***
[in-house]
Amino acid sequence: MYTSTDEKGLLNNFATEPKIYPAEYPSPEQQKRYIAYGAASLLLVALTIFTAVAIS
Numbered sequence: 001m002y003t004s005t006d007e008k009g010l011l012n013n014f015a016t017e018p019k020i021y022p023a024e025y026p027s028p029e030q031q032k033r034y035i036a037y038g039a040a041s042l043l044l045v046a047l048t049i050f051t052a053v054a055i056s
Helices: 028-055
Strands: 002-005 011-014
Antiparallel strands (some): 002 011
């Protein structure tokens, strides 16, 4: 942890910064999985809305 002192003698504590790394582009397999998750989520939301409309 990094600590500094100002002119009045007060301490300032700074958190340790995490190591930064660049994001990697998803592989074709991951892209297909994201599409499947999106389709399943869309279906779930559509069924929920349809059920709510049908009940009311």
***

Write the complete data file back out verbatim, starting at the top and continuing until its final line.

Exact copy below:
[in-house]
Amino acid sequence: MYTSTDEKGLLNNFATEPKIYPAEYPSPEQQKRYIAYGAASLLLVALTIFTAVAIS
Numbered sequence: 001m002y003t004s005t006d007e008k009g010l011l012n013n014f015a016t017e018p019k020i021y022p023a024e025y026p027s028p029e030q031q032k033r034y035i036a037y038g039a040a041s042l043l044l045v046a047l048t049i050f051t052a053v054a055i056s
Helices: 028-055
Strands: 002-005 011-014
Antiparallel strands (some): 002 011
């Protein structure tokens, strides 16, 4: 942890910064999985809305 002192003698504590790394582009397999998750989520939301409309 990094600590500094100002002119009045007060301490300032700074958190340790995490190591930064660049994001990697998803592989074709991951892209297909994201599409499947999106389709399943869309279906779930559509069924929920349809059920709510049908009940009311």